A review of Feral Cities: Adventures with Animals in the Urban Jungle, by Tristan Donovan. 2015. ISBN: 978-1-56976-067-3. Chicago Review Press, Inc., Chicago. 256 pages.
From red foxes in London and wild boars in Berlin to cockroaches in New York City and slugs in Miami, Feral Cities is full of stories of urban wildlife. Some of the animals are familiar ones, such as the fruit flies you can’t keep away from your bananas, while others, such as Monk Parakeets in the middle of Brooklyn, are surprises. Until recently, cities were widely regarded as bereft of value for wildlife, but Donovan turns that belief on its head with his tales of both urban animals and the people who interact with them on a daily basis.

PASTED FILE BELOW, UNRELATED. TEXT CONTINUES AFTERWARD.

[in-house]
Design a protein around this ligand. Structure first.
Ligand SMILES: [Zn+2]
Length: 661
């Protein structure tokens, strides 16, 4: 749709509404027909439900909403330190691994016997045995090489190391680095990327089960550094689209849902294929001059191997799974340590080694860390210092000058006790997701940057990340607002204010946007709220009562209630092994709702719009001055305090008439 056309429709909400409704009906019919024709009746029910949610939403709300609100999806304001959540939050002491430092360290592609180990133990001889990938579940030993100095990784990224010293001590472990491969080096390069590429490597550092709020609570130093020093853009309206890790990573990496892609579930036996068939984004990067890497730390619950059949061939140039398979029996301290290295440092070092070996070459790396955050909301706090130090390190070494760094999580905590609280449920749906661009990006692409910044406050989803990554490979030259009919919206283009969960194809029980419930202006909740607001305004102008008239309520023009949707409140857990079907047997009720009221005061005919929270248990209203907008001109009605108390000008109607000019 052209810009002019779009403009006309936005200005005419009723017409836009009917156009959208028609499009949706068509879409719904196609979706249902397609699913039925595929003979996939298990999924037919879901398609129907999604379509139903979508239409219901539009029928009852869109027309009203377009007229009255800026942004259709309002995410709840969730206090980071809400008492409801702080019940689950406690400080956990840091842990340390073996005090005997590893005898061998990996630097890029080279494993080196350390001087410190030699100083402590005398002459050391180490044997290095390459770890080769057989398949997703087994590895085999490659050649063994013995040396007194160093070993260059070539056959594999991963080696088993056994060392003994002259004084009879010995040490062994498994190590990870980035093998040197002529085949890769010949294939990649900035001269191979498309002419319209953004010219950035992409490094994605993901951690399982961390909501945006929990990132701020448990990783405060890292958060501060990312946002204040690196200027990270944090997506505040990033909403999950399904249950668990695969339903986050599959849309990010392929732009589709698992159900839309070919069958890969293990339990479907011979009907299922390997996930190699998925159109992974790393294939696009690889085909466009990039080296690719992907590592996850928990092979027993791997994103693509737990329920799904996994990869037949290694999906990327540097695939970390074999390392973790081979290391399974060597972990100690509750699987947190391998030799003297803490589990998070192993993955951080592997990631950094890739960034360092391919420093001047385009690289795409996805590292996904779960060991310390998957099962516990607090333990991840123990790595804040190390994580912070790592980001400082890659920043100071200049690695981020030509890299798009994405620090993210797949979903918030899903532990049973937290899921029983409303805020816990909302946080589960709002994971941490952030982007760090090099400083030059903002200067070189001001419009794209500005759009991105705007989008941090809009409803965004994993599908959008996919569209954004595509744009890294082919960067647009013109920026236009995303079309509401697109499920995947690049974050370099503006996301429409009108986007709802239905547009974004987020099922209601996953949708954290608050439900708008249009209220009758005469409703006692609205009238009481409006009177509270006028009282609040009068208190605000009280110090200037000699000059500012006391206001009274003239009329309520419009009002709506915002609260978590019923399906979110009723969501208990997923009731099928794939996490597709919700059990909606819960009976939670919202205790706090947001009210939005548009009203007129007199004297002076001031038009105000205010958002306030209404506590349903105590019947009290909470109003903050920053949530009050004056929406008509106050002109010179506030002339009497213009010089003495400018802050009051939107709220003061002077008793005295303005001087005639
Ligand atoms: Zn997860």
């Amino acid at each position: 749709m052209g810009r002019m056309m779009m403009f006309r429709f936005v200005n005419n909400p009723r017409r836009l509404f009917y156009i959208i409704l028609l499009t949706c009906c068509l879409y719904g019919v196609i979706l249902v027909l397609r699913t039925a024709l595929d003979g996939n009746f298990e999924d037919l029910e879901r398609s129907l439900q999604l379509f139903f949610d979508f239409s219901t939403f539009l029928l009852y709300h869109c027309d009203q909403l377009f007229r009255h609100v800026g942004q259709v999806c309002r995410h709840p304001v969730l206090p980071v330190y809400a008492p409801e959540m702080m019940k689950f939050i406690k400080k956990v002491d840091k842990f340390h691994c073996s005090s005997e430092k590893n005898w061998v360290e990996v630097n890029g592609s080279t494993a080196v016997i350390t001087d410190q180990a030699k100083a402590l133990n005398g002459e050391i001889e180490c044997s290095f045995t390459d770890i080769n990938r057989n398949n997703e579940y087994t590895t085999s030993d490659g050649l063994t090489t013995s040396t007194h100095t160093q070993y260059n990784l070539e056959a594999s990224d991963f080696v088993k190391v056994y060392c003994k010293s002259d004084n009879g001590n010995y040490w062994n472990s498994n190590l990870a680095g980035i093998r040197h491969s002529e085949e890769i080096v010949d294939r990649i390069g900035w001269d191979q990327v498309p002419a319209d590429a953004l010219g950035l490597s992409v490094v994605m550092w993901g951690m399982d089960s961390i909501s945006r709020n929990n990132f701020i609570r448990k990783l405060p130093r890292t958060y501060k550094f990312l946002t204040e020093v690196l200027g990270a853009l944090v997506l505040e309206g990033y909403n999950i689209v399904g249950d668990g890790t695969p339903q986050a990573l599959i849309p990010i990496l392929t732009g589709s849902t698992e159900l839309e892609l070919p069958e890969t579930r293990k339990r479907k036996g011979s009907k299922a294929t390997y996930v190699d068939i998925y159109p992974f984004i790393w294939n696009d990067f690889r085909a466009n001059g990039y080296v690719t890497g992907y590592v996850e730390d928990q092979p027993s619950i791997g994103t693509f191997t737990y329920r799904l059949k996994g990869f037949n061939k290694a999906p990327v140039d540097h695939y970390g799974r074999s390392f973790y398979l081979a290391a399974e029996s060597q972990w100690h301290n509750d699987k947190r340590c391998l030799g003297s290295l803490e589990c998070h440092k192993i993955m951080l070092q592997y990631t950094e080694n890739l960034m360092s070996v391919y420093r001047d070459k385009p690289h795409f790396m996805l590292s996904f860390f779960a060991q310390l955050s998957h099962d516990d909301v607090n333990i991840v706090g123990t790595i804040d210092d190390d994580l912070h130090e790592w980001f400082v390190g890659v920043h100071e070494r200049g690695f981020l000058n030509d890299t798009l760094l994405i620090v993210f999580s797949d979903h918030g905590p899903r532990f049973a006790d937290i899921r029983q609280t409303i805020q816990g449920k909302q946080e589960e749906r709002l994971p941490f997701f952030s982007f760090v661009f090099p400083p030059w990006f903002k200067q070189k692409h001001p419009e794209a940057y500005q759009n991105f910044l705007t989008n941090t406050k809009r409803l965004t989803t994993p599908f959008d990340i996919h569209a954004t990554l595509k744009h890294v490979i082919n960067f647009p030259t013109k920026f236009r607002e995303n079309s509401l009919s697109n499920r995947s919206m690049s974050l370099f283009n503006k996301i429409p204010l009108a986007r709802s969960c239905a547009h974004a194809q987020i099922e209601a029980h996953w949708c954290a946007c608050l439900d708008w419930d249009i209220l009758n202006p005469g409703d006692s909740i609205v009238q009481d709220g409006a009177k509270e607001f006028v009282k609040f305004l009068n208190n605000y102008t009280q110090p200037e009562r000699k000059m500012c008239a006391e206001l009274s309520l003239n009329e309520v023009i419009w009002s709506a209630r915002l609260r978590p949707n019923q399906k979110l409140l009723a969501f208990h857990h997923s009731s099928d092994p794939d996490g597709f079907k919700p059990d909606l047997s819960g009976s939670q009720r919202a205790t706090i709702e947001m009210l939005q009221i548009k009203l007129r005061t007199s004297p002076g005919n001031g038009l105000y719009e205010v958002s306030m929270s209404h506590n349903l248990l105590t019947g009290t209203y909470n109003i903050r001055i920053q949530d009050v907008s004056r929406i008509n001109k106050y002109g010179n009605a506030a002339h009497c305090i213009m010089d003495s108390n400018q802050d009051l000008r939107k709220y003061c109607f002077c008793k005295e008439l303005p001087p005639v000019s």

The book opens with the story of a day spent with Bryan, a rattlesnake catcher in Phoenix, Arizona. A web designer during the day, Bryan spends his spare time serving as a snake-removal service for the serpent-infested homes and businesses of the desert city. Bryan’s stories of wrangling snakes in suburban garages and gardens and his interactions with residents reveal how little some people know about these creatures, despite living in close proximity with them. During one such episode, a homeowner who found a gopher snake in a sprinkler lid asks, “Do they have bones?” Another story—of a diamondback rattlesnake in the garage of a terrified family—exhibits the high levels of fear that encounters with urban wildlife can elicit. Overcoming this aversion to wildlife in our cities is of major concern. As cities continue expanding into natural habitats, close encounters with wildlife will only increase in frequency. Human urbanites will have intimate experiences with animals they never noticed or even knew about.